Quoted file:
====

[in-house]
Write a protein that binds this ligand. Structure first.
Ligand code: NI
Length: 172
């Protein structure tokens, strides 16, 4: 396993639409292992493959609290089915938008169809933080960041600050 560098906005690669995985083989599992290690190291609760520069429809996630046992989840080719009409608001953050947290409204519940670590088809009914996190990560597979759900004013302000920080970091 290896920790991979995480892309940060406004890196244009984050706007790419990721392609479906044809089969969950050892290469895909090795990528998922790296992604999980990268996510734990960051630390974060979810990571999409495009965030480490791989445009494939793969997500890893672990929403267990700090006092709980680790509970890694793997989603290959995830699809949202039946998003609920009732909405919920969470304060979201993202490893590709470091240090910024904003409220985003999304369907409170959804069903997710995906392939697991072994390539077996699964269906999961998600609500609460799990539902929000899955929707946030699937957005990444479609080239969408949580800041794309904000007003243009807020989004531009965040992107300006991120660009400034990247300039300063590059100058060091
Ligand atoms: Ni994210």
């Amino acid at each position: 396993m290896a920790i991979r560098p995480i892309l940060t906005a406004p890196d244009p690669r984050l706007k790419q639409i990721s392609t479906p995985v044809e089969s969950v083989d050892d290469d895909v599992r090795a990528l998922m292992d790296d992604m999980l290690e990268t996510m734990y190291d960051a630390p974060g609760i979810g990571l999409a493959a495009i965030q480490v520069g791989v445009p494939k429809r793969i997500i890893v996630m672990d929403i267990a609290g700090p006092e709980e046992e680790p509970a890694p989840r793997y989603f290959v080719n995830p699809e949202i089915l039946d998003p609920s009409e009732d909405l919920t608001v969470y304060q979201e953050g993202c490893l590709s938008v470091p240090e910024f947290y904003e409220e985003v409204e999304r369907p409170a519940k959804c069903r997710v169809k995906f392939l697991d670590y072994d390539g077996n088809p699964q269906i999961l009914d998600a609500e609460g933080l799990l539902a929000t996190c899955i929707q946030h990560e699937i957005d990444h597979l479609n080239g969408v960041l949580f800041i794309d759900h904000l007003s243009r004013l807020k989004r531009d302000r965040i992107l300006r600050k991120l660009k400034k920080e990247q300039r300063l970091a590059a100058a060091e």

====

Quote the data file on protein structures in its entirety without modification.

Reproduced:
[in-house]
Write a protein that binds this ligand. Structure first.
Ligand code: NI
Length: 172
């Protein structure tokens, strides 16, 4: 396993639409292992493959609290089915938008169809933080960041600050 560098906005690669995985083989599992290690190291609760520069429809996630046992989840080719009409608001953050947290409204519940670590088809009914996190990560597979759900004013302000920080970091 290896920790991979995480892309940060406004890196244009984050706007790419990721392609479906044809089969969950050892290469895909090795990528998922790296992604999980990268996510734990960051630390974060979810990571999409495009965030480490791989445009494939793969997500890893672990929403267990700090006092709980680790509970890694793997989603290959995830699809949202039946998003609920009732909405919920969470304060979201993202490893590709470091240090910024904003409220985003999304369907409170959804069903997710995906392939697991072994390539077996699964269906999961998600609500609460799990539902929000899955929707946030699937957005990444479609080239969408949580800041794309904000007003243009807020989004531009965040992107300006991120660009400034990247300039300063590059100058060091
Ligand atoms: Ni994210």
């Amino acid at each position: 396993m290896a920790i991979r560098p995480i892309l940060t906005a406004p890196d244009p690669r984050l706007k790419q639409i990721s392609t479906p995985v044809e089969s969950v083989d050892d290469d895909v599992r090795a990528l998922m292992d790296d992604m999980l290690e990268t996510m734990y190291d960051a630390p974060g609760i979810g990571l999409a493959a495009i965030q480490v520069g791989v445009p494939k429809r793969i997500i890893v996630m672990d929403i267990a609290g700090p006092e709980e046992e680790p509970a890694p989840r793997y989603f290959v080719n995830p699809e949202i089915l039946d998003p609920s009409e009732d909405l919920t608001v969470y304060q979201e953050g993202c490893l590709s938008v470091p240090e910024f947290y904003e409220e985003v409204e999304r369907p409170a519940k959804c069903r997710v169809k995906f392939l697991d670590y072994d390539g077996n088809p699964q269906i999961l009914d998600a609500e609460g933080l799990l539902a929000t996190c899955i929707q946030h990560e699937i957005d990444h597979l479609n080239g969408v960041l949580f800041i794309d759900h904000l007003s243009r004013l807020k989004r531009d302000r965040i992107l300006r600050k991120l660009k400034k920080e990247q300039r300063l970091a590059a100058a060091e």